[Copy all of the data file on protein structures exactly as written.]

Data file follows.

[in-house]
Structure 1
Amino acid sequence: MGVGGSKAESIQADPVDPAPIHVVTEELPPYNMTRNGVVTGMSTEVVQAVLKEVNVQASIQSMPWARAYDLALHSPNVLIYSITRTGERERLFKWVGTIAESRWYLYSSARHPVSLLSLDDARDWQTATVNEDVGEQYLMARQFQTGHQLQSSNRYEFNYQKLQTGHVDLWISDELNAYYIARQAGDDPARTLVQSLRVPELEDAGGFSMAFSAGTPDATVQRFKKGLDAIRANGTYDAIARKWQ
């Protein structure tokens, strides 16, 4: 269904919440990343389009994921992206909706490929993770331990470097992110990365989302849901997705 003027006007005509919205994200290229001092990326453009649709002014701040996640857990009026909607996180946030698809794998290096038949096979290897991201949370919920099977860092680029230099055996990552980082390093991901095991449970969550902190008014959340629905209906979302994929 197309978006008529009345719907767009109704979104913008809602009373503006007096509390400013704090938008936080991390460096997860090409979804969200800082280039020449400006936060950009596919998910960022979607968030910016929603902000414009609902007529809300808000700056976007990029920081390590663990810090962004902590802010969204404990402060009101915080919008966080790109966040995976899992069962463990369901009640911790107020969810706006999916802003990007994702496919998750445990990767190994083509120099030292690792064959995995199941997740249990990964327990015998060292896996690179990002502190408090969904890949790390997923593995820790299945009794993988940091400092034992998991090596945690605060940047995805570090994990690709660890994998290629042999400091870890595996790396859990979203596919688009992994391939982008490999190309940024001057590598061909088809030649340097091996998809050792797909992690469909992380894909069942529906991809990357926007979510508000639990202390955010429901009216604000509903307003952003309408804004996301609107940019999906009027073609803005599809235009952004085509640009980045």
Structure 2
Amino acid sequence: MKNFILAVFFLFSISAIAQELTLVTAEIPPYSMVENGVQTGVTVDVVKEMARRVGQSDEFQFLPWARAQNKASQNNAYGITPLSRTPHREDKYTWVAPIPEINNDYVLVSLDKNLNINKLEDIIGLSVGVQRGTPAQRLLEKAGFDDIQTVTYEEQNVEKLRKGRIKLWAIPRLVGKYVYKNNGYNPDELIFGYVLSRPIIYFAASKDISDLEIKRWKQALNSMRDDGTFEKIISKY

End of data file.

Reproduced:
[in-house]
Structure 1
Amino acid sequence: MGVGGSKAESIQADPVDPAPIHVVTEELPPYNMTRNGVVTGMSTEVVQAVLKEVNVQASIQSMPWARAYDLALHSPNVLIYSITRTGERERLFKWVGTIAESRWYLYSSARHPVSLLSLDDARDWQTATVNEDVGEQYLMARQFQTGHQLQSSNRYEFNYQKLQTGHVDLWISDELNAYYIARQAGDDPARTLVQSLRVPELEDAGGFSMAFSAGTPDATVQRFKKGLDAIRANGTYDAIARKWQ
């Protein structure tokens, strides 16, 4: 269904919440990343389009994921992206909706490929993770331990470097992110990365989302849901997705 003027006007005509919205994200290229001092990326453009649709002014701040996640857990009026909607996180946030698809794998290096038949096979290897991201949370919920099977860092680029230099055996990552980082390093991901095991449970969550902190008014959340629905209906979302994929 197309978006008529009345719907767009109704979104913008809602009373503006007096509390400013704090938008936080991390460096997860090409979804969200800082280039020449400006936060950009596919998910960022979607968030910016929603902000414009609902007529809300808000700056976007990029920081390590663990810090962004902590802010969204404990402060009101915080919008966080790109966040995976899992069962463990369901009640911790107020969810706006999916802003990007994702496919998750445990990767190994083509120099030292690792064959995995199941997740249990990964327990015998060292896996690179990002502190408090969904890949790390997923593995820790299945009794993988940091400092034992998991090596945690605060940047995805570090994990690709660890994998290629042999400091870890595996790396859990979203596919688009992994391939982008490999190309940024001057590598061909088809030649340097091996998809050792797909992690469909992380894909069942529906991809990357926007979510508000639990202390955010429901009216604000509903307003952003309408804004996301609107940019999906009027073609803005599809235009952004085509640009980045």
Structure 2
Amino acid sequence: MKNFILAVFFLFSISAIAQELTLVTAEIPPYSMVENGVQTGVTVDVVKEMARRVGQSDEFQFLPWARAQNKASQNNAYGITPLSRTPHREDKYTWVAPIPEINNDYVLVSLDKNLNINKLEDIIGLSVGVQRGTPAQRLLEKAGFDDIQTVTYEEQNVEKLRKGRIKLWAIPRLVGKYVYKNNGYNPDELIFGYVLSRPIIYFAASKDISDLEIKRWKQALNSMRDDGTFEKIISKY